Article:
The second should be for extra fees such as the handling of major works and qualifying long-term agreements under s20 of the Landlord and Tenant Act 1985 (limitation of service charges: consultation requirements) which requires the sending of consultation documents. It is important to note that only the fees for this and those of the standard fee for the provision of services will fall within the definition of management fees used by the First Tier Property Tribunal.

Because the services managing agents supply varies according to the size and type of development, they can offer some (or all) of the services listed below:

Common Area Maintenance, Repairs & Health & Safety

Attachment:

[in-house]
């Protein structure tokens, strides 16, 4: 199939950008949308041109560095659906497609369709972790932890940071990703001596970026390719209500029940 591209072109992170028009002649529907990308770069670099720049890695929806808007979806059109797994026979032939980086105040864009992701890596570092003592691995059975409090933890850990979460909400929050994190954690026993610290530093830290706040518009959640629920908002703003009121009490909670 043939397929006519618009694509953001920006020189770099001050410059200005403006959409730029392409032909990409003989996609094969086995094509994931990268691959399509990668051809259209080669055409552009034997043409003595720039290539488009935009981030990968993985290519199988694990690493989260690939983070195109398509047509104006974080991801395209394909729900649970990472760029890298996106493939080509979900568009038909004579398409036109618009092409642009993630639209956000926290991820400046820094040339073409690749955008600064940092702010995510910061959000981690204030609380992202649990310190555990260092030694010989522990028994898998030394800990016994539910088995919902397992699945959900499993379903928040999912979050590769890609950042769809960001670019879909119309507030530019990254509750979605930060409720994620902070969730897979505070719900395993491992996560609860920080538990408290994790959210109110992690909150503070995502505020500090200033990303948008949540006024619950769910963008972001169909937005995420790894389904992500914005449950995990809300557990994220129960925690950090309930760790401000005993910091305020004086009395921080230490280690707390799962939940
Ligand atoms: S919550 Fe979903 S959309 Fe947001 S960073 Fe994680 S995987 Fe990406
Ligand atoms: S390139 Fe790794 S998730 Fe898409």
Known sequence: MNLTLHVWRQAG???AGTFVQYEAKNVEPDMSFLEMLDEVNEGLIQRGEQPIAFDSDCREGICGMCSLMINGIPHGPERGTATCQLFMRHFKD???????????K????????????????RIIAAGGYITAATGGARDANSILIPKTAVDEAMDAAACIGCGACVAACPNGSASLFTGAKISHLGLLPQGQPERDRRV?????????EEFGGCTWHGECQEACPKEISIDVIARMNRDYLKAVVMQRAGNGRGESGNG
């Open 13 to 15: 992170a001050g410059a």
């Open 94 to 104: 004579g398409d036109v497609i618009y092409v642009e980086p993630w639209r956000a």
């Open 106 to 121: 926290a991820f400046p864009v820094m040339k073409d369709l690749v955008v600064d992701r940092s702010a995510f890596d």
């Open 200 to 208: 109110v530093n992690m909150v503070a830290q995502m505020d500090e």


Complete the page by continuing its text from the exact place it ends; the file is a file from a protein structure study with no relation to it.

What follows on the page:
1. Preparing programmes of planned maintenance and redecorations;
  2. Establishing required repairs and obtaining quotations for the work;
  3. Appointing/supervisingcontractors;
  4. Inspecting the completed repairs,
  5. Preparing specifications for landscape maintenance, cleaning etc;
  6. Placing maintenance/service contracts for equipment (lifts, fire equipment, automatic gates, water pumps etc).
  7. Advising on the use of specialist professionals and contractors for plant and machinery.


  1. Administration of Direct Debit payments;
  2. Setting the service charge budget;
  3. Collection of service charges;
  4. Using external solicitors/debt collectors when their in-house service charge recovery process is exhausted;
  5. Preparation and production of the year-end service charge accounts, (including dealing with any year-end surplus or deficits);
  6. Maintaining estate ‘trust status’ bank accounts;
  7. Paying suppliers and contractors;
  8. Maintaining financial records;
  9. Dealing with independent accountants concerning audits and reports on factual findings;
  10. Providing a periodic budget report of income/expenditure and cash flow (quarterly reports);